Al-Moayyad begins hunger strike [Archives:2008/1129/Local News]

February 14 2008

SANA'A, Feb. 13 ) Sheikh Mohammed Al-Moayyad, a Yemeni philanthropist detained in a U.S. jail along with his companion Mohammed Zayed, has begun a hunger strike and stopped taking medicine for his chronic disease on Wednesday, protesting against a U.S. government decision transferring him to a jail cell reserved for mentally ill prisoners.

“My father told me by phone Monday that he would begin the hunger strike on Wednesday after the U.S. authorities transferred him,” said Ibrahim, the eldest son of the aged sheikh, detained in a U.S. jail since January 2003.

The 80-year-old man was transferred to the new cell one and a half months after he sent a congratulation letter to the new U.S. Ambassador to Yemen Stephen Seche. “In his letter, my father reminded the U.S. envoy of his and his companion Mohammed Zayed's miserable conditions in the U.S. jail,” Ibrahim added. “My father's condition is bad and his health worsens over time. We urged him not to go on hunger strike and to continue taking medicine in fear that his health may deteriorate, but he declined our request and insisted not to back out on his decision.”

The aged man suffers from hepatitis C and cirrhosis, in addition to diabetes, asthma and rheumatism. “My father receives only pain relievers from the jail administration. He is not given any prescribed medicines for his health problems,” the aged detainee's son complained in a telephone conversation with the Yemen Times. “I fear that my father's condition may deteriorate further after he stopped eating and taking medicine.”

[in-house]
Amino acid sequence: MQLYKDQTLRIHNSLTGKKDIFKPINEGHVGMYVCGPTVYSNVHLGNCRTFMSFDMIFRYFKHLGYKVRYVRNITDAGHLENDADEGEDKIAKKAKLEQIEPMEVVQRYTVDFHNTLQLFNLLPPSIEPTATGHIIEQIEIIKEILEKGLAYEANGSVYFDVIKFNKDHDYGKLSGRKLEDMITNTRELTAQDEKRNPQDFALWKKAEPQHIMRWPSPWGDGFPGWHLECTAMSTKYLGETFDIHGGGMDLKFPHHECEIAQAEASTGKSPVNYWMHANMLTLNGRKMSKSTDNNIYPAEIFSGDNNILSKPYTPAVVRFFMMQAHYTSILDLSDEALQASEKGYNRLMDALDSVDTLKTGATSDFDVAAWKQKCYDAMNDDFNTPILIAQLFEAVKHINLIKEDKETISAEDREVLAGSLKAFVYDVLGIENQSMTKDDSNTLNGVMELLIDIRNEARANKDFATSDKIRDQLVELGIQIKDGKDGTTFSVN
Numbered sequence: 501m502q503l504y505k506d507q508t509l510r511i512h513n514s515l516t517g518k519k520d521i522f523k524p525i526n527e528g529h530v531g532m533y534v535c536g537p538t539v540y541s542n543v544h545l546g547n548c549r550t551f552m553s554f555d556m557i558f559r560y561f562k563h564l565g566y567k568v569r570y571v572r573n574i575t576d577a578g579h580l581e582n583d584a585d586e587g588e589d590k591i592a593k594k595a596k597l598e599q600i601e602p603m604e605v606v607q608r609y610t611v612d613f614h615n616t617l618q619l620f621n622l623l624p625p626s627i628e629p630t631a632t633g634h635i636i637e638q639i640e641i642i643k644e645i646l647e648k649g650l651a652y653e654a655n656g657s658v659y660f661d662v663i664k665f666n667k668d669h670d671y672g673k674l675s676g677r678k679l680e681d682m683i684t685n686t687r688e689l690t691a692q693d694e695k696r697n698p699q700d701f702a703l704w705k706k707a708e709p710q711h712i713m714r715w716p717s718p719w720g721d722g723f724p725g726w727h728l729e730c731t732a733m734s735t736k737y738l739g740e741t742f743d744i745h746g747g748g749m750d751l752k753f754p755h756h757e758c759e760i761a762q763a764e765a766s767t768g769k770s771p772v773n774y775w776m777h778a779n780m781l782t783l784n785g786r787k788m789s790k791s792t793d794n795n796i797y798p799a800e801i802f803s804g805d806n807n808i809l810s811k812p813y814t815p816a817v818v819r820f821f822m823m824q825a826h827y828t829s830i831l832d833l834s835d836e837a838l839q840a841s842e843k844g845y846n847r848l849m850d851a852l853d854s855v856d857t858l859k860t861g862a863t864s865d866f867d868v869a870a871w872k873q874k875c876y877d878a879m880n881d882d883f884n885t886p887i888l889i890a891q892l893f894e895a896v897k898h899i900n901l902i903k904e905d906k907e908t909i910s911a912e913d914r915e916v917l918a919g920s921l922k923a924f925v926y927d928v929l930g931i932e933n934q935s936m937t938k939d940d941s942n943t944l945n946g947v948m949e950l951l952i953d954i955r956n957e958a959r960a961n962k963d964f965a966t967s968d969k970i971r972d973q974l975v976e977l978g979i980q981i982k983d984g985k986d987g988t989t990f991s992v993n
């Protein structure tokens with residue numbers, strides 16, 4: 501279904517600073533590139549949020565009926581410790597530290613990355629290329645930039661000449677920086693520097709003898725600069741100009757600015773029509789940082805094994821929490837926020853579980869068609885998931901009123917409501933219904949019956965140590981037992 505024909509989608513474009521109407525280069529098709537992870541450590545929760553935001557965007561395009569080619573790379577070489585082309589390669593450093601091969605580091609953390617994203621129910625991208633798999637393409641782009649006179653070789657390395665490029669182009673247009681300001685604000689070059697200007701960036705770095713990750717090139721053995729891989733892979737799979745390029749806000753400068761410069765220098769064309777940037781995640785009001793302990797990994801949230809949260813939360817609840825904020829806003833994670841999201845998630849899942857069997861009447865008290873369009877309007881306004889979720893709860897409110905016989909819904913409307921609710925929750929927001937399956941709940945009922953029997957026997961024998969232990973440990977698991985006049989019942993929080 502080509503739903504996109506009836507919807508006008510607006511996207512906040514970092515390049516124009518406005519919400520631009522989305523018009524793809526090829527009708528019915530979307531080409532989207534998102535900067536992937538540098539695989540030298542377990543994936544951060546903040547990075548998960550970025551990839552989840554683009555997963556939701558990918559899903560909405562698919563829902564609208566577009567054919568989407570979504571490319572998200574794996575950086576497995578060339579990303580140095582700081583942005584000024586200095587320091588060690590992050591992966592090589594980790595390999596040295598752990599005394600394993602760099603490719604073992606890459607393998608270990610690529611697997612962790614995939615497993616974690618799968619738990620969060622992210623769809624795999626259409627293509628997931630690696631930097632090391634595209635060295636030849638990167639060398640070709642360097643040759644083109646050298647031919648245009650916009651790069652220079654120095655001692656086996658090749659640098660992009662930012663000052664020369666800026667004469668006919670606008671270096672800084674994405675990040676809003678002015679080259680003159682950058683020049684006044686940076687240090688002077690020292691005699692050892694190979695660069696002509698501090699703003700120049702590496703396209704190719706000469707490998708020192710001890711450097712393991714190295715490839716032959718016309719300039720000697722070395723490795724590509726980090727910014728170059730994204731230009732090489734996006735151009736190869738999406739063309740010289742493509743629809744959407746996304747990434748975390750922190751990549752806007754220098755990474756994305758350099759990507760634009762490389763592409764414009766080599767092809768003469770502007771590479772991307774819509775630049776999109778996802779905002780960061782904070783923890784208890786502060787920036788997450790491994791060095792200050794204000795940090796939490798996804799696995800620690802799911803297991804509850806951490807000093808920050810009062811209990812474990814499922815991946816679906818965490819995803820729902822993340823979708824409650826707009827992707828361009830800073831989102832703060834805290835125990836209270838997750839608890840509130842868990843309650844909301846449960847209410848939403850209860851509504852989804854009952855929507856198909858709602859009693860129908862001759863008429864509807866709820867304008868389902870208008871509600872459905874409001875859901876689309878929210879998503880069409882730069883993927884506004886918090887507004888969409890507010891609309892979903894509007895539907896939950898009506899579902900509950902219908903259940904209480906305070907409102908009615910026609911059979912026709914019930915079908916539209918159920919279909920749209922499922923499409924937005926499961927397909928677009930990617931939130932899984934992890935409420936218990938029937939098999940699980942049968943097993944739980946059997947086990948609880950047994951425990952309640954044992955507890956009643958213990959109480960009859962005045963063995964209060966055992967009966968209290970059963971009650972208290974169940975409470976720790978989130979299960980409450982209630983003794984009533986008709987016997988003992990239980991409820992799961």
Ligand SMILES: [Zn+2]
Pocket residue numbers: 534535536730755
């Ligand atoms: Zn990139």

Sheikh Al-Moayyad is allowed to call his family members, living in Sana'a, once a month for a duration of no longer than 15 minutes.

Last month, as many as 18 local human rights organizations and groups staged a huge sit-in on the five-year anniversary of the pair's arrest in Germany and subsequent extradition to the U.S. They expressed their solidarity with the two Yemeni victims, who suffer from inhumane torture at the hands of U.S. prison authorities. The event was organized in Al-Tahrir Square, Sana'a downtown and attended by hundreds of tribesmen from Khawlan tribe, 50 km east of Sana'a, and other nearby areas.

The protestors released a statement saying that continued detention of the pair may force Yemeni, Arab and Muslim citizens to form a bad image about the U.S. administration and increase Muslims' hatred and animosity toward Americans.

Many NGO representatives and Parliament members gave speeches at the event, stressing that Al-Moayyad is innocent and demanding that he and his companion be repatriated and compensated for the injustice and oppression they suffered in the U.S. jail over the past five years.

Sheikh Al-Moayyad was arrested in the German city of Frankfurt in January 2003 and then handed over to U.S. authorities, who accused him of funneling money to terrorism and supporting the Palestinian movement Hamas. In the U.S, he was sentenced by a Brooklyn court to 75 years in prison.